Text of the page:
Beef Sausage


Bacon and sausage each contain several grams of complete protein per serving, and each provides all nine amino acids you need in your diet. Your body uses protein to maintain lean muscle mass and hormone balance, aid in brain function and keep your other tissues healthy and functional. The average American needs approximately 0.4 grams of protein per pound of body weight each day, according to Iowa State University. This translates to 60 grams of protein daily for the average 150-pound individual. A 3-ounce serving of bacon contains 29 grams of protein, while sausage offers 13 grams per serving.

beef suasege

Vitamin B-12:

Bacon and sausages provide vitamin B-12, a nutrient important for healthy red blood cells. Vitamin B-12 allows you to make hemoglobin, the protein your blood needs to transport oxygen. Consuming enough B-12 also helps you metabolize fats and protein, plays a role in brain function and protects you from the nerve damage that can result from vitamin B-12 deficiency. A 3-ounce serving of bacon provides 1 microgram of vitamin B-12 -- 42 percent of your daily recommended intake, according to the Office of Dietary Supplements. Sausage contains slightly less vitamin B-12 -- 0.8 micrograms, or 33 percent of your daily recommended intake, per serving.


Sausage and bacon contain iron, an essential mineral also important for hemoglobin production. Each hemoglobin protein contains four iron atoms, and consuming enough iron in your diet helps ensure that you can make enough hemoglobin to support red blood cell function. Iron also makes up a component of myoglobin, a protein your muscles use to store oxygen. A 3-ounce serving of bacon provides 0.8 milligrams of iron, while an equivalent serving of sausage provides 1.1 milligrams. Both foods help you reach your recommended daily iron intake -- 18 milligrams for women and 8 milligrams for men, according to the Linus Pauling Institute.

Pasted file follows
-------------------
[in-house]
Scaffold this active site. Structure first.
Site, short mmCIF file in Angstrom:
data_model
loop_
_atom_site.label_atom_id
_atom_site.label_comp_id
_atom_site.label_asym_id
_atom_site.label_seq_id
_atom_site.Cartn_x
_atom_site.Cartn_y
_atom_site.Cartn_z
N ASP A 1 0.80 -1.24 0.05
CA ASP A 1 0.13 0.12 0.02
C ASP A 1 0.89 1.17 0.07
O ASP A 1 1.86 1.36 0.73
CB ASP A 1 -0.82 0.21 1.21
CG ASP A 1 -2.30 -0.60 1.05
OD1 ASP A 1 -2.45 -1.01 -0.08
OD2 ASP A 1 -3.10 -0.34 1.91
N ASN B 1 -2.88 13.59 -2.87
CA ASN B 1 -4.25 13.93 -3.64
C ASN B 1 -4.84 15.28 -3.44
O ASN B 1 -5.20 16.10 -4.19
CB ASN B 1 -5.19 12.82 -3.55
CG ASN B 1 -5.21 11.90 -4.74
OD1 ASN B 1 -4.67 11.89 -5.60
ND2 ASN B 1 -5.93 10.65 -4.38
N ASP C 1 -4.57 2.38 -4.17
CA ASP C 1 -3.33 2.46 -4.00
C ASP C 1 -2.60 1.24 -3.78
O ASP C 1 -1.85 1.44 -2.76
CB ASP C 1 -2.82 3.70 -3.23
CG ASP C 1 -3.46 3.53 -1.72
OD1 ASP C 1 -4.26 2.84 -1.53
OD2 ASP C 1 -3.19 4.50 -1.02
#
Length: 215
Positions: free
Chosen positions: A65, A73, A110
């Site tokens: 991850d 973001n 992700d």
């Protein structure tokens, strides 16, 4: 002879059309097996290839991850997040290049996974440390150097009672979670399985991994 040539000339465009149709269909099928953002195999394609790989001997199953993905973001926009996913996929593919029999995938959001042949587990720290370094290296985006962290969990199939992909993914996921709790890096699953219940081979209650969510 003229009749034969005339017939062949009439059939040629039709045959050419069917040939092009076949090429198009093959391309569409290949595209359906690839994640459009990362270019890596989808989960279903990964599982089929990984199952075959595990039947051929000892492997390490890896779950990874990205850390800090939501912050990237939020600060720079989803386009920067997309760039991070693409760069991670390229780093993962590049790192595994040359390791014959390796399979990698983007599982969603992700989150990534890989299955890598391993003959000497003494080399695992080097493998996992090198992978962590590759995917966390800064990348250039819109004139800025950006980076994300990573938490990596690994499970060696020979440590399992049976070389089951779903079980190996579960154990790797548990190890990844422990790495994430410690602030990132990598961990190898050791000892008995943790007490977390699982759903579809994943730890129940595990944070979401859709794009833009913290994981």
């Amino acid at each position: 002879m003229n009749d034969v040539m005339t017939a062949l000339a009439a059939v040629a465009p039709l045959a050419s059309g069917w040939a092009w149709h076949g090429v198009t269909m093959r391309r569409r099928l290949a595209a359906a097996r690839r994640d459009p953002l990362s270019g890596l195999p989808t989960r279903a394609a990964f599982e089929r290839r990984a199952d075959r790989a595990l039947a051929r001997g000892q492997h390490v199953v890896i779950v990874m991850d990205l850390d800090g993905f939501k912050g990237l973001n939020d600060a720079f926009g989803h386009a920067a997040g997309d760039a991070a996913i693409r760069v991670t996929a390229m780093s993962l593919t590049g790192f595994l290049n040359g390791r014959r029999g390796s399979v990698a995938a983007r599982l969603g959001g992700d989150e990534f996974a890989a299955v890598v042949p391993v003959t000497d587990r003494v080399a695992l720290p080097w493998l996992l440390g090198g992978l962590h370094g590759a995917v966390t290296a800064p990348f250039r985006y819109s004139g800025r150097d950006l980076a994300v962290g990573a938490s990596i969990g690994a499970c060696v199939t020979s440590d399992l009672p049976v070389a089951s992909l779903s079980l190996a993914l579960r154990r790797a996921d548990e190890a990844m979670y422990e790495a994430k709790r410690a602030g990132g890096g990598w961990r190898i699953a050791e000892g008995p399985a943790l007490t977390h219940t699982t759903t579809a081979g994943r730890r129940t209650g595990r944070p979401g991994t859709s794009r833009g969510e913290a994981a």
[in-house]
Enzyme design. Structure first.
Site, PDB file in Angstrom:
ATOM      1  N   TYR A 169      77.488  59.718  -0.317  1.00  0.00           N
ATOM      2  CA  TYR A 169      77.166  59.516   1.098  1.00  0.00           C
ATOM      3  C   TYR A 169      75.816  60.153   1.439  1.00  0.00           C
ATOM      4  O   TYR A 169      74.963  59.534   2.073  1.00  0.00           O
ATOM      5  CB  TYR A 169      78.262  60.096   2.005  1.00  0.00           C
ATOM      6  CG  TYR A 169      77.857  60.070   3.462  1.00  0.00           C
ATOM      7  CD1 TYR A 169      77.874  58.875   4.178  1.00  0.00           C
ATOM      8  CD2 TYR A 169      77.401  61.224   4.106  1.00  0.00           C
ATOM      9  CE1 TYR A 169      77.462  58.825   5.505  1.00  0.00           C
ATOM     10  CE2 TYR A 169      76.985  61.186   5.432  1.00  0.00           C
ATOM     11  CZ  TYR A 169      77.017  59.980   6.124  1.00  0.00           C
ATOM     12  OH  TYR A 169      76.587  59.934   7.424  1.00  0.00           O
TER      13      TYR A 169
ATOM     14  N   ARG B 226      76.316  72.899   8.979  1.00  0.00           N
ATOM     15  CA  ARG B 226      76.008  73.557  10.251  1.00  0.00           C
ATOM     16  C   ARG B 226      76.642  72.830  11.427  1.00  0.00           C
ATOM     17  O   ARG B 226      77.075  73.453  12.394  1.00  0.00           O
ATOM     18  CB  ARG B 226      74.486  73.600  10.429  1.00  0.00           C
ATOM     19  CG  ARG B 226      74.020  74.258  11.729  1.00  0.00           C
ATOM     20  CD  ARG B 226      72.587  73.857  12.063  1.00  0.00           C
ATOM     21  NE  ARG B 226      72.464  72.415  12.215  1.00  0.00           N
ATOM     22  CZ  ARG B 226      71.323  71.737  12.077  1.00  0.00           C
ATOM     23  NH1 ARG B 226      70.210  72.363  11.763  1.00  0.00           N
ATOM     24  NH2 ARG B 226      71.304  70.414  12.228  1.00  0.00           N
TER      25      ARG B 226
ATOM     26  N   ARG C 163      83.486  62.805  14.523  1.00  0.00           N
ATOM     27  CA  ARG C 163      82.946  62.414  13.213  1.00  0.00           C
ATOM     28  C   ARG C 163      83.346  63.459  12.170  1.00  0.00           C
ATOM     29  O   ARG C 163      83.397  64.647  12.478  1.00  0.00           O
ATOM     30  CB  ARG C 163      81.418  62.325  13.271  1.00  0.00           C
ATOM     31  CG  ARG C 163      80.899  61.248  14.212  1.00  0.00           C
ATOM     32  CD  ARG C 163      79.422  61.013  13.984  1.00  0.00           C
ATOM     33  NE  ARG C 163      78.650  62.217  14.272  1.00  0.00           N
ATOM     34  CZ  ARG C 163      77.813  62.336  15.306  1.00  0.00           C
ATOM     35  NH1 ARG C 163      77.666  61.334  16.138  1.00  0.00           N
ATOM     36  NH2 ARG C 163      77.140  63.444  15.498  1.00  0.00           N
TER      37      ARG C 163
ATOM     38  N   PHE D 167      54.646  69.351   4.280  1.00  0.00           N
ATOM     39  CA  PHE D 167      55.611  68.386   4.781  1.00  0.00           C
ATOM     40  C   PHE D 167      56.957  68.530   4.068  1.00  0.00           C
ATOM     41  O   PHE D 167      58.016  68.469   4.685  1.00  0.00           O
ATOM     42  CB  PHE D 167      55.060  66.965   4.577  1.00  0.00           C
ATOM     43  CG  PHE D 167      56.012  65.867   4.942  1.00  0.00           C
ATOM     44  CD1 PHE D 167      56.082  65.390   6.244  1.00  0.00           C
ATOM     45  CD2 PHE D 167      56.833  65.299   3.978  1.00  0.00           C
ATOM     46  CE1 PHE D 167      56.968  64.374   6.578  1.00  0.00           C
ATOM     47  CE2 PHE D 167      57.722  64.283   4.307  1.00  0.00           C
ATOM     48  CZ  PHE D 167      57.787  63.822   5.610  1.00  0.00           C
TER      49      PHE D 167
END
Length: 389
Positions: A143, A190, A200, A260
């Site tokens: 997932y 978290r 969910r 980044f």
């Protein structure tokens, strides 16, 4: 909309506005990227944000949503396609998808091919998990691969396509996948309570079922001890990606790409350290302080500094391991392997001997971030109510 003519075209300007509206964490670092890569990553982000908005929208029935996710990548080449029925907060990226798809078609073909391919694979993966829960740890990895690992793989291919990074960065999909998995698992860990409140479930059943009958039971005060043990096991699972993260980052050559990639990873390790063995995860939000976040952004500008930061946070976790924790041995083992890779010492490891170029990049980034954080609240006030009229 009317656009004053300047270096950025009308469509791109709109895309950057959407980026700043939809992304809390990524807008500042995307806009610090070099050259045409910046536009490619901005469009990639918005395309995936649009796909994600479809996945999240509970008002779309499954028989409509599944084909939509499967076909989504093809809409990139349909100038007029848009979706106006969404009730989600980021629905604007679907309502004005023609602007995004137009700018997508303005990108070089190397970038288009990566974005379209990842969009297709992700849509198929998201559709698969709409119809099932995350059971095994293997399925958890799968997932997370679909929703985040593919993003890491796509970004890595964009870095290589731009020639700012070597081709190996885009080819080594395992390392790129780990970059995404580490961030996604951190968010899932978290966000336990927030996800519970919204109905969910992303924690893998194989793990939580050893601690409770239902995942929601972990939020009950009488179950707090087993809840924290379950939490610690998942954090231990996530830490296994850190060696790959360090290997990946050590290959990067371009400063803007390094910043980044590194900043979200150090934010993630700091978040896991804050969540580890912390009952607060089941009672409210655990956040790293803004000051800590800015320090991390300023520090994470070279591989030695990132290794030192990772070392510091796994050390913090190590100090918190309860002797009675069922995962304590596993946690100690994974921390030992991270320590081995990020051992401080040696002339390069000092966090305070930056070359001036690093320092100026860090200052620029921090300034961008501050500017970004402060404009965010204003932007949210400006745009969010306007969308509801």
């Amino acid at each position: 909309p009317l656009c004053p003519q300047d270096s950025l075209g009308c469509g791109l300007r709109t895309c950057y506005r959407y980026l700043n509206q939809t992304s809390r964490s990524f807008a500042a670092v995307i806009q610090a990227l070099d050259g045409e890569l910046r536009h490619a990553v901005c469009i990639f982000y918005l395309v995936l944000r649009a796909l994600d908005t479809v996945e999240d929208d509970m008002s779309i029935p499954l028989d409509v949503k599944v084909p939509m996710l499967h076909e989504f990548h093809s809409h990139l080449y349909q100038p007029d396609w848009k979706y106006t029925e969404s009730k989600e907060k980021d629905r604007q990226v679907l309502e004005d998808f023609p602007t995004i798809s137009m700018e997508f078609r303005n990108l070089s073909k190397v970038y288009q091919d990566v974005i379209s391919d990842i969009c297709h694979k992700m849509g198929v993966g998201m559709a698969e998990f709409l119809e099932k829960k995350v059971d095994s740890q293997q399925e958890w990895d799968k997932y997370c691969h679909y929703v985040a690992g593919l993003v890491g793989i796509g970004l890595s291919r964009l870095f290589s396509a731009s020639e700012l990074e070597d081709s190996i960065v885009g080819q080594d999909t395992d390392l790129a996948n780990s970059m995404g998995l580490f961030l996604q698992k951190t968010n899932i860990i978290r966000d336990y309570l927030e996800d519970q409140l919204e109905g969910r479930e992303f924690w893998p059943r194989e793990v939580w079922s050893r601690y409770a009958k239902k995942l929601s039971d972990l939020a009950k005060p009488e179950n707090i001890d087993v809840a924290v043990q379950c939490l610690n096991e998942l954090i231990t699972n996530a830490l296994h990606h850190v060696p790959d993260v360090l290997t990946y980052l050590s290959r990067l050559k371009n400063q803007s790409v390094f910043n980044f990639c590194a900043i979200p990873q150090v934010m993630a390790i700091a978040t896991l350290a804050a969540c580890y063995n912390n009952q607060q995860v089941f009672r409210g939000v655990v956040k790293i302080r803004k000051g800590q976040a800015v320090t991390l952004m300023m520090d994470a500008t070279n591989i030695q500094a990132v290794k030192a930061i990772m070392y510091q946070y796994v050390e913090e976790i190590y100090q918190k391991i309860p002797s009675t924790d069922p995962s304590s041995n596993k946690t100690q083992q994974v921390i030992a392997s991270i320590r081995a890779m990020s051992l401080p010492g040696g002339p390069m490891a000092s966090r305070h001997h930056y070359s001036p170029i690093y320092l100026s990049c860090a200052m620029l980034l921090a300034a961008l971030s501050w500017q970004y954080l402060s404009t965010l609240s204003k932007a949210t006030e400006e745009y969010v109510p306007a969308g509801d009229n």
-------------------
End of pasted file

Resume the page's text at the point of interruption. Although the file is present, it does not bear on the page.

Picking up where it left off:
Precautions and Healthier Options:

Despite their beneficial nutrient contents, you should limit your bacon and sausage intake. Both foods contain saturated fat, a type of fat that raises your blood cholesterol levels. They also contain ample amounts of sodium -- a 3-ounce serving of bacon boosts your sodium intake by 1,461 milligrams, while an equivalent serving of sausage contains 665 milligrams. Consuming foods high in sodium increases your blood pressure, posing a threat if you're already at risk of hypertension or heart disease. Opt for low-fat and low-sodium sausage when available, and try turkey bacon as a lower fat alternative to pork bacon.